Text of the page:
As indicated above, with respect to sequence homology, preferably there is at least 75%, more preferably at least 85%, more preferably at least 90% homology to the sequences shown in the sequence listing herein. More preferably there is at least 95%, more preferably at least 98%, homology. Nucleotide homology comparisons may be conducted as described above. A preferred sequence comparison program is the GCG Wisconsin Bestfit program described above. The default scoring matrix has a match value of 10 for each identical nucleotide and −9 for each mismatch. The default gap creation penalty is −50 and the default gap extension penalty is −3 for each nucleotide.

The present invention also encompasses nucleotide sequences that are capable of hybridising selectively to the sequences presented herein, or any variant, fragment or derivative thereof, or to the complement of any of the above. Nucleotide sequences are preferably at least 15 nucleotides in length, more preferably at least 20, 30, 40 or 50 nucleotides in length.

With regard to a fragment of the canine 5T4 sequence, preferably the fragment conprises at least one, preferably some, most preferably all of the nucleic acids 1-546 and/or 890-1263 shown in SEQ ID No 15.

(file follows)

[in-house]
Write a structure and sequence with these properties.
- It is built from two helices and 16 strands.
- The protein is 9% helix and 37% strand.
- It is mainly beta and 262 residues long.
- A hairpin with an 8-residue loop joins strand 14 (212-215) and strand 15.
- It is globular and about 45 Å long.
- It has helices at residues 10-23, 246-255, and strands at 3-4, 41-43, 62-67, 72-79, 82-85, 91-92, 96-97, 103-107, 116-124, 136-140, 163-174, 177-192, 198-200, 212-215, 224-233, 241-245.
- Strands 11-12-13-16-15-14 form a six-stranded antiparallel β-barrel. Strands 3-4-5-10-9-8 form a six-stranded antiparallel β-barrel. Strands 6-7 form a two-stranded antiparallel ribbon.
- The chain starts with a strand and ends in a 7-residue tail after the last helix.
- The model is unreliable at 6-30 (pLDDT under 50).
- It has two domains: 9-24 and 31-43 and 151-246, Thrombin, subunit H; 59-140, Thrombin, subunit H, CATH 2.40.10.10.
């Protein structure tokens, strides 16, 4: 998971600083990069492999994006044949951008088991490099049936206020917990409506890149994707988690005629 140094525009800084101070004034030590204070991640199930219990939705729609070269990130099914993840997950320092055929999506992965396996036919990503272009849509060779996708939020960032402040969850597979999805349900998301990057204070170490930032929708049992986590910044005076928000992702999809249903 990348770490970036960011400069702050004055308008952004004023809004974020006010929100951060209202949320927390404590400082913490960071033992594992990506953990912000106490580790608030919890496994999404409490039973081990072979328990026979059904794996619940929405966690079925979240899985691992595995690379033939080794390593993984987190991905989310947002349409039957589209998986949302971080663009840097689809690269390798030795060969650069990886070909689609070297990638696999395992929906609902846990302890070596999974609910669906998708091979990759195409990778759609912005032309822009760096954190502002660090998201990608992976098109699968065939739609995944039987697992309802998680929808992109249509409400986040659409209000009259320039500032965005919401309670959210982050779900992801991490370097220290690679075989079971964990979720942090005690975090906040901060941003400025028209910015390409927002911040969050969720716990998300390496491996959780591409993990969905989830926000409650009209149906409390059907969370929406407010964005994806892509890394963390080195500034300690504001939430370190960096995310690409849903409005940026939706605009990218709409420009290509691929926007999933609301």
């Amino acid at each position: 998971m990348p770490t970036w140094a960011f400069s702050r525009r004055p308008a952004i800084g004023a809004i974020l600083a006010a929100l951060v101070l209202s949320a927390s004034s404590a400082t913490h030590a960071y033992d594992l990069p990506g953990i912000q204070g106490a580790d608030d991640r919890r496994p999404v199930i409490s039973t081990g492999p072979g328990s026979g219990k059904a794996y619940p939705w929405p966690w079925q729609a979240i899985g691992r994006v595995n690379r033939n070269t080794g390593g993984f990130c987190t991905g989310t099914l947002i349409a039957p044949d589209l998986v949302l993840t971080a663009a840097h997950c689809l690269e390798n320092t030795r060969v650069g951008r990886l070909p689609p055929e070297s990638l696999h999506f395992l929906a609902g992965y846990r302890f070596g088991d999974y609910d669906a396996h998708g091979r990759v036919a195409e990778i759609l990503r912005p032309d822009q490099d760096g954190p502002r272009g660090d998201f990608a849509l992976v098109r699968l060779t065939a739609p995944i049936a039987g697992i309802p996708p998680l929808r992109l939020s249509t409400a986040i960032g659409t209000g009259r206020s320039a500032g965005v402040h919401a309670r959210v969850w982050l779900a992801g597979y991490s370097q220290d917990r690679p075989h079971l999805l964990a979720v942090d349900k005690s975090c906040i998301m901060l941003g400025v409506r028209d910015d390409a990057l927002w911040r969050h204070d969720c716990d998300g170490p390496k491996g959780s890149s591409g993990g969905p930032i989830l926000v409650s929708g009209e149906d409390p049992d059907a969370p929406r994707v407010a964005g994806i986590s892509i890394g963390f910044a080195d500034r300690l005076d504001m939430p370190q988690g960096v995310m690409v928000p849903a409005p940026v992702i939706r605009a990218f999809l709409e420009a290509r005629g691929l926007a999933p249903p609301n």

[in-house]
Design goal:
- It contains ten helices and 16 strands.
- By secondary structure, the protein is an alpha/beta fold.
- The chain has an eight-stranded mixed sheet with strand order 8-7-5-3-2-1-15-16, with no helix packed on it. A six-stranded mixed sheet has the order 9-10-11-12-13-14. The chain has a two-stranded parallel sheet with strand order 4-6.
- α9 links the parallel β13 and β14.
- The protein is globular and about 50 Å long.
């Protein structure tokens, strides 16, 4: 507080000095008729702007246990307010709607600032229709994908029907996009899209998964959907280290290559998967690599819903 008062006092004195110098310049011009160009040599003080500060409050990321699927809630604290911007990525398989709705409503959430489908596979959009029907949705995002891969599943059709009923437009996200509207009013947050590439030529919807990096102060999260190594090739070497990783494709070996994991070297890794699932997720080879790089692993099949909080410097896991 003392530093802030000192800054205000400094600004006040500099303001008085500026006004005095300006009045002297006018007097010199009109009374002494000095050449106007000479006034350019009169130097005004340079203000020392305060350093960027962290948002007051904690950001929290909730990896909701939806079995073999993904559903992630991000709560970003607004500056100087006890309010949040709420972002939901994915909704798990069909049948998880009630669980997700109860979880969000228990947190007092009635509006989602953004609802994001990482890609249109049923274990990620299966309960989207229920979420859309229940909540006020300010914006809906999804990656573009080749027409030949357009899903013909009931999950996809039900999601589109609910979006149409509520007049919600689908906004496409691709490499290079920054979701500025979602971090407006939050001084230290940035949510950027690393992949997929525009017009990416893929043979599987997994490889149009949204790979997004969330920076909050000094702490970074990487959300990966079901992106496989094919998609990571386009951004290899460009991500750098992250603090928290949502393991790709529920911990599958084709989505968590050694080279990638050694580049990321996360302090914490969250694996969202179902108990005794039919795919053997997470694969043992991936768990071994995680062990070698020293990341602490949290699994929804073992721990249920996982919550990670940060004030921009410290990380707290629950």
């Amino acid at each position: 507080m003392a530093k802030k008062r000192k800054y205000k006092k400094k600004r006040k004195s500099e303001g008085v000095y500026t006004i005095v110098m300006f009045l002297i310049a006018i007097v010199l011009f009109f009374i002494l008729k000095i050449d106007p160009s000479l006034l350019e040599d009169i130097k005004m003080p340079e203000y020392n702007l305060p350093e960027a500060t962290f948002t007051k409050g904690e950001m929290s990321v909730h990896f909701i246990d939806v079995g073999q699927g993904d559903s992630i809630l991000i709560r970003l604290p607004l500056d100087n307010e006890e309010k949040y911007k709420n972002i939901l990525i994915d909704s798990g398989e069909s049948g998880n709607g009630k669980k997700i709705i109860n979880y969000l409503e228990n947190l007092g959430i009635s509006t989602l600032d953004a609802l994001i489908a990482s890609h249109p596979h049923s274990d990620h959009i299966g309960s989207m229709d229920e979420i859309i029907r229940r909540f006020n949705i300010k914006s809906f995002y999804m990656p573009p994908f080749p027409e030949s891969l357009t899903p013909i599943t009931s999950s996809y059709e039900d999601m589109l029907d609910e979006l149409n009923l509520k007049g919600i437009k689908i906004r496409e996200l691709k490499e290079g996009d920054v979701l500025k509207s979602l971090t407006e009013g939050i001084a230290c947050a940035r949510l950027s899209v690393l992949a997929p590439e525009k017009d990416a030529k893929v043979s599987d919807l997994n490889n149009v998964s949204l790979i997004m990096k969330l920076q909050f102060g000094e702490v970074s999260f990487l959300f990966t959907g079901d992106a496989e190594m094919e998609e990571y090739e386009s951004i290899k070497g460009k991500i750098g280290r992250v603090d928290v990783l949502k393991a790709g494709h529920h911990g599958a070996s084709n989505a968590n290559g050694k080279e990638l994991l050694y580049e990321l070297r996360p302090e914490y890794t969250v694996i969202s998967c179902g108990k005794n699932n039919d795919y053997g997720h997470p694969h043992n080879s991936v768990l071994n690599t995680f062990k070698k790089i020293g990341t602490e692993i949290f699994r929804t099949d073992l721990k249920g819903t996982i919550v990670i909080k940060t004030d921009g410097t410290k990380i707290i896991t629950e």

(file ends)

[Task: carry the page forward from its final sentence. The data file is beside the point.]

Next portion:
Hybridisation

The term “hybridization” as used herein shall include “the process by which a strand of nucleic acid joins with a complementary strand through base pairing” as well as the process of amplification as carried out in polymerase chain reaction (PCR) technologies.

Nucleotide sequences of the invention capable of selectively hybridising to the nucleotide sequences presented herein, or to their complement, will be generally at least 75%, preferably at least 85 or 90% and more preferably at least 95% or 98% homologous to the corresponding nucleotide sequences presented herein over a region of at least 20, preferably at least 25 or 30, for instance at least 40, 60 or 100 or more contiguous nucleotides. Preferred nucleotide sequences of the invention will comprise regions homologous to the nucleotide sequence set out in SEQ ID No 5 or SEQ ID No 7 or SEQ ID No 8 or Seq ID No 15 of the sequence listings of the present invention preferably at least 80 or 90% and more preferably at least 95% homologous to the nucleotide sequence set out in SEQ ID No 5 or SEQ ID No 7 or SEQ ID No 8 of the sequence listings of the present invention.